After leaving Hida Furukawa, I stayed at Hida Takayama Tenshoji YH. The YH was run by a temple, Tenshoji. I met visitors from different countries such as France, Australia and USA at the YH.
I went to Norikuradake by bus. Snow remained some places. It was cold. Then I went to Hirayu Onsen (hot spring). The water was white, smelled sulfur. I took a outdoor bath, listening birds’ songs. It was great!
Then I went back to Takayama. A local woman told me “You should take a walk around Sanmachi (consisted of traditional wooden houses) at night.” I followed the advice. The old lamps lit vaguely at each front door. It was quiet and beautiful.
The next day, I went to Kamikochi by bus. I needed to change buses at HirayuOnsen, but it took one and a half hours to get Kamikochi. It was closer than I had thought.
It was beautiful weather. Many swallows were flying swiftly above us.
The last photo is Norikuradake.
I had planed to go to Hirayu Onsen (hot spring) on my way to Hida Furukawa. But it was so beautiful weather, I changed the plan, I headed to Shinhotaka Ropeway.
I changed ropeways at the middle station, then I arrived at the top of ropeway. It was 2156m high! I could see lots of mountains from there. I wanted to walk on the path led to the mountains, but I didn’t have enough equipment for hiking of high mountains. I enjoyed the magnificent view from the station. There were many amateur photographers.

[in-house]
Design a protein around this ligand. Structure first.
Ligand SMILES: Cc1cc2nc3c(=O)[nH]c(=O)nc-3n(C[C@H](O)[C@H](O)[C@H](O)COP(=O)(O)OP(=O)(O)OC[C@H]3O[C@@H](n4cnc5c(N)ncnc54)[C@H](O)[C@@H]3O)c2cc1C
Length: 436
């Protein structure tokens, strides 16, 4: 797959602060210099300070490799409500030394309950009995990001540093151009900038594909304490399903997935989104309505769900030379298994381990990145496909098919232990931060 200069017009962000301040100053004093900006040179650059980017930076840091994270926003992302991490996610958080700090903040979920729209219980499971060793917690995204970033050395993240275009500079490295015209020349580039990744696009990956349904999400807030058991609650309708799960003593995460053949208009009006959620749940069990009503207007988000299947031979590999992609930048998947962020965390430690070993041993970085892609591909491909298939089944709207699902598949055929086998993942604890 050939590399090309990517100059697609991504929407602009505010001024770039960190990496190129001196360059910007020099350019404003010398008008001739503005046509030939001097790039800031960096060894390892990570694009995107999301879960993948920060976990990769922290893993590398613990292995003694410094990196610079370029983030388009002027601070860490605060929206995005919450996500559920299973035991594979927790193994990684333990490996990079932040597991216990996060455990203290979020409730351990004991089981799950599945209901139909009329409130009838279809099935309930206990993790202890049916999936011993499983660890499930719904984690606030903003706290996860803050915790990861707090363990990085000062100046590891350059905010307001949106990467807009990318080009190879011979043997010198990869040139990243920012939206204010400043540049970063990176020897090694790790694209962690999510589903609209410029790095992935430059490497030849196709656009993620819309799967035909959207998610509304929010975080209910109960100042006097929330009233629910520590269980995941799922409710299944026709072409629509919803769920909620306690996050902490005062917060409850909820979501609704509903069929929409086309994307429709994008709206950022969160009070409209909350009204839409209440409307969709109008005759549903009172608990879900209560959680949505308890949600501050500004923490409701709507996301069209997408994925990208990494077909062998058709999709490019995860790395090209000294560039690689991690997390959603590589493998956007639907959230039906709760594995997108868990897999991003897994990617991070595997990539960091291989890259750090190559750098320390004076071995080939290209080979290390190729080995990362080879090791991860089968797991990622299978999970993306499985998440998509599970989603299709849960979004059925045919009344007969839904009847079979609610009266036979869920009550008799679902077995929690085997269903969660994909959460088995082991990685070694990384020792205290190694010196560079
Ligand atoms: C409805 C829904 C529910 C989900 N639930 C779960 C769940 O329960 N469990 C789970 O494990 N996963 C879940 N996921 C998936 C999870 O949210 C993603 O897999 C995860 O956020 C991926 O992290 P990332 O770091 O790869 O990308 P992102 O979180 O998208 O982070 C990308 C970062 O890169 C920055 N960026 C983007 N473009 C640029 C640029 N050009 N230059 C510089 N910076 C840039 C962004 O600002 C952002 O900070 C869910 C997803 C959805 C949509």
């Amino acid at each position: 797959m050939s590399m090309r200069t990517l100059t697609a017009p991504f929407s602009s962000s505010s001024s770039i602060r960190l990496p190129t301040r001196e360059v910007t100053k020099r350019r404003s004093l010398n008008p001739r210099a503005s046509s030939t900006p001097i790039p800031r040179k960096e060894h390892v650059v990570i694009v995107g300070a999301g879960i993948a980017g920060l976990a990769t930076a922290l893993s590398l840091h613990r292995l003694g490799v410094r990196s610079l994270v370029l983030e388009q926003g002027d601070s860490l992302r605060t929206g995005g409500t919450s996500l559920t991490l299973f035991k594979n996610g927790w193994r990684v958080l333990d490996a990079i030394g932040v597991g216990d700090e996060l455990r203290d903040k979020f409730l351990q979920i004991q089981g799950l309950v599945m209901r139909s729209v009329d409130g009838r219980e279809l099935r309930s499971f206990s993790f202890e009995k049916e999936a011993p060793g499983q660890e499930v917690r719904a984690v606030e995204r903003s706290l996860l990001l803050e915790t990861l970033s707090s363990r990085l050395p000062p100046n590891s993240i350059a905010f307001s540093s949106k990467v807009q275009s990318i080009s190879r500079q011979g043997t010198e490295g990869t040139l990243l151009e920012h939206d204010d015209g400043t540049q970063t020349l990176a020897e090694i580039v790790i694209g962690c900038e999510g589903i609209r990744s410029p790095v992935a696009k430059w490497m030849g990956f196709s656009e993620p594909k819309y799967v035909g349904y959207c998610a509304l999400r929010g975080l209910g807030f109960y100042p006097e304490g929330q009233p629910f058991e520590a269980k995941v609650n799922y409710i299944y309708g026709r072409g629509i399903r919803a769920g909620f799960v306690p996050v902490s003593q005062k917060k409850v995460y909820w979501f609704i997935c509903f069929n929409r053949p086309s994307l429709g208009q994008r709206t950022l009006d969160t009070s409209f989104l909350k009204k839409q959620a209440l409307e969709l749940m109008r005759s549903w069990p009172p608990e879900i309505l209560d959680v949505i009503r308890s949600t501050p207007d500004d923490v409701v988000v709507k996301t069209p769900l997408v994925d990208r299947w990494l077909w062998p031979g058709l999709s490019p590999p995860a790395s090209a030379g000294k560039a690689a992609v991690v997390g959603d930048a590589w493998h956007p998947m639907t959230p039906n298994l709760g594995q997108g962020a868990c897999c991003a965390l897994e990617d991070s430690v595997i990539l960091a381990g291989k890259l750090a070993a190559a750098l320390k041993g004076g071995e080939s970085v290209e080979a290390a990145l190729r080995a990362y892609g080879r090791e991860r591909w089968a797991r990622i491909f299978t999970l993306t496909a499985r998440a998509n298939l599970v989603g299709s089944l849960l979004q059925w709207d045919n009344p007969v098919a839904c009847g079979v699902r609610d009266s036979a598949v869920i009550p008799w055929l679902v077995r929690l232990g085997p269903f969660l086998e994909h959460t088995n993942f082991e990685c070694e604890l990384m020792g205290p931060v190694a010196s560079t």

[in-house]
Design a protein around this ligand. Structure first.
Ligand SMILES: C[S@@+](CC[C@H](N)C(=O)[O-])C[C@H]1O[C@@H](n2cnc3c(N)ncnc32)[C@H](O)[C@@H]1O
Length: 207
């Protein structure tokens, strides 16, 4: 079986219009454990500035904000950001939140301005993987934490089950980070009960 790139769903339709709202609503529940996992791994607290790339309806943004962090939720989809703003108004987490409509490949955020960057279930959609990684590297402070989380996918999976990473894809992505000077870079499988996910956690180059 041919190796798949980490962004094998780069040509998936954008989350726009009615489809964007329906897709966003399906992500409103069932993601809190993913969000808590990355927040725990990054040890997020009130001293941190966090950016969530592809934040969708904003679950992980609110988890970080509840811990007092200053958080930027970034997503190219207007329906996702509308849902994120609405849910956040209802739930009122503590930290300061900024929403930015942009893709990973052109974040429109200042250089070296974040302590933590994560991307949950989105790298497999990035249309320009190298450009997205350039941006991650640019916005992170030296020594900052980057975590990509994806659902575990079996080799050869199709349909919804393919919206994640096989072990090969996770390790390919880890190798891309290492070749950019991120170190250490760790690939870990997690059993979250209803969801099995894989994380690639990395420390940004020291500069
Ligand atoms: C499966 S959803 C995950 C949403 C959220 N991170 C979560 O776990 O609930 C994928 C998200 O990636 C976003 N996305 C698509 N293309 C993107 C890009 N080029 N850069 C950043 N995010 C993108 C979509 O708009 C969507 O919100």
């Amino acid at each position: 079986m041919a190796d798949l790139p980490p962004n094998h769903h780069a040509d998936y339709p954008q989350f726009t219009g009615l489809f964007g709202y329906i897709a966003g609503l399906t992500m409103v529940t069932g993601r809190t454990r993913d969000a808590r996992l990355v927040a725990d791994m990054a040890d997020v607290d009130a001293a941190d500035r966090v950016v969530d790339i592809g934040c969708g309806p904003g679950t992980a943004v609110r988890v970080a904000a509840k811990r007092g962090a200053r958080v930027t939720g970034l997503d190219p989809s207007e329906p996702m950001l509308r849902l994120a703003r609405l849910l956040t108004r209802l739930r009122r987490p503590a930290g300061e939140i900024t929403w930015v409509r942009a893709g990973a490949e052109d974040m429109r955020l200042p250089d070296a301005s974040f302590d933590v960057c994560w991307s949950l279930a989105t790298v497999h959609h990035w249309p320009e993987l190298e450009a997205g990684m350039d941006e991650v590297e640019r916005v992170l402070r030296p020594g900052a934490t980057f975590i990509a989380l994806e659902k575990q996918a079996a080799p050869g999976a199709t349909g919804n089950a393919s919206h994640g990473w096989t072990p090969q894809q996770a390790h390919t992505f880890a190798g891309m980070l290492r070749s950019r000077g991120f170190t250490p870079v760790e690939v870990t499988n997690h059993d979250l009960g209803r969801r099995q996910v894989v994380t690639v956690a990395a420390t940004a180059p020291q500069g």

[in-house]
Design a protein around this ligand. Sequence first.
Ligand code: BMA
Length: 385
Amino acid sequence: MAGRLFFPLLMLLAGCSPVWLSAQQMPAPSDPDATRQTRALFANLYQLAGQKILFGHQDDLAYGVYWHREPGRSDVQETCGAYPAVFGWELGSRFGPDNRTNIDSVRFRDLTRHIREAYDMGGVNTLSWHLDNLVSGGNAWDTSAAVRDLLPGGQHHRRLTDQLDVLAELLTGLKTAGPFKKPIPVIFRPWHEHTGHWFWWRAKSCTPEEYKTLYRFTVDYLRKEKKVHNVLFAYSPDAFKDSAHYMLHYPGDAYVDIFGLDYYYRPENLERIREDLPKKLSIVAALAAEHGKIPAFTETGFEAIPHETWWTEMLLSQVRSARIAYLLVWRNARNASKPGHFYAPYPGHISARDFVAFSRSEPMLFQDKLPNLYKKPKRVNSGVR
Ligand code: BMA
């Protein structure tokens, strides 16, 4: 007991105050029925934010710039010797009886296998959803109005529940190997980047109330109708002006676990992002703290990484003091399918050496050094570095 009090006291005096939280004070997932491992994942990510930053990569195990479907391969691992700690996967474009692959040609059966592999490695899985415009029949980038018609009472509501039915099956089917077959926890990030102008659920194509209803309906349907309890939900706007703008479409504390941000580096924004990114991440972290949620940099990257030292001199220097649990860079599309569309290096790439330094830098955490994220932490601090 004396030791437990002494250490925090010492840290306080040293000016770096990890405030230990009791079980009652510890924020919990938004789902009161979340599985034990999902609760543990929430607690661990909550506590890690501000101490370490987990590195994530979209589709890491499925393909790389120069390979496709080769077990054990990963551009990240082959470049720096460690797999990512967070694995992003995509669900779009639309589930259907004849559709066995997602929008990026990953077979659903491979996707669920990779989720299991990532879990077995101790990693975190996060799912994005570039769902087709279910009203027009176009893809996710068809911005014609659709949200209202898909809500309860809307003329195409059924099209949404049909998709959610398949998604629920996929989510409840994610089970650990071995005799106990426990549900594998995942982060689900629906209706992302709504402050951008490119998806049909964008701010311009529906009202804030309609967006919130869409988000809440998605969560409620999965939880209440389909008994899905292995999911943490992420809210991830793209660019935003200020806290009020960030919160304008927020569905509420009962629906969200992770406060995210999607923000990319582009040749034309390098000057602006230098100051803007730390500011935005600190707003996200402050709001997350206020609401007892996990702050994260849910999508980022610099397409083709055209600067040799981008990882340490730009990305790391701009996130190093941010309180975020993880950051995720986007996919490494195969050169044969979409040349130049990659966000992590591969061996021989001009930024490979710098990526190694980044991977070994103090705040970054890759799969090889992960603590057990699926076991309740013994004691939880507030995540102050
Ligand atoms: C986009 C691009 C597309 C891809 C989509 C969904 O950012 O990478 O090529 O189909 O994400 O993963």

I took the ropeway, went down to the middle station. There were the visitor center, shops, restaurants and onsen (hot spring). I took a outdoor bath, I was able to see mountains from the bath. It was so nice!
Then I walked around.
It was in May 2004. I went to Hida Furukawa, Hida Takayama and around them. I stayed at Hida Furukawa YH on the first night. I met a couple from Shizuoka Prefecture who just knew about YHs and tried to stay for the first time. They said they liked staying at YH, because they could meet and talk to new people. I also met Eriko from Shikoku. We talked a lot at the night.
The next day, the owner of the YH took us to the middle of Furukawa. He guided us for 2 hours.
Each local people tried to keep their town beautiful.
Many carps were swimming in the canals.
This rice field was just in front of the YH. It was quiet.
There were much more beautiful and unique places in Hida Furukawa.
But I didn't take photos. You can find out when you visit there.
It was in April 2005. My co-worker said “Okinawa is ideal place for holiday. Have you heard of Hate-no-hama? It’s said very beautiful. I want to go there someday.” A few weeks later, I happened to get three days off. I looked up Hate-no-hama on the guidebook, I knew it was close to Kumejima in Okinawa. And I saw a photo of Tatamiishi that looked like the shell of turtle. I thought "I want to see Tatamiishi!!".
I flew to Kumejima via Naha.
I had booked a guesthouse (minshuku) Minshuku Ifu. One of the family ran it picked me up at the airport, took me to the minshuku. After I took a rest and planed for the day, I rented a motorbike (50cc scooter), I went around Kumejima.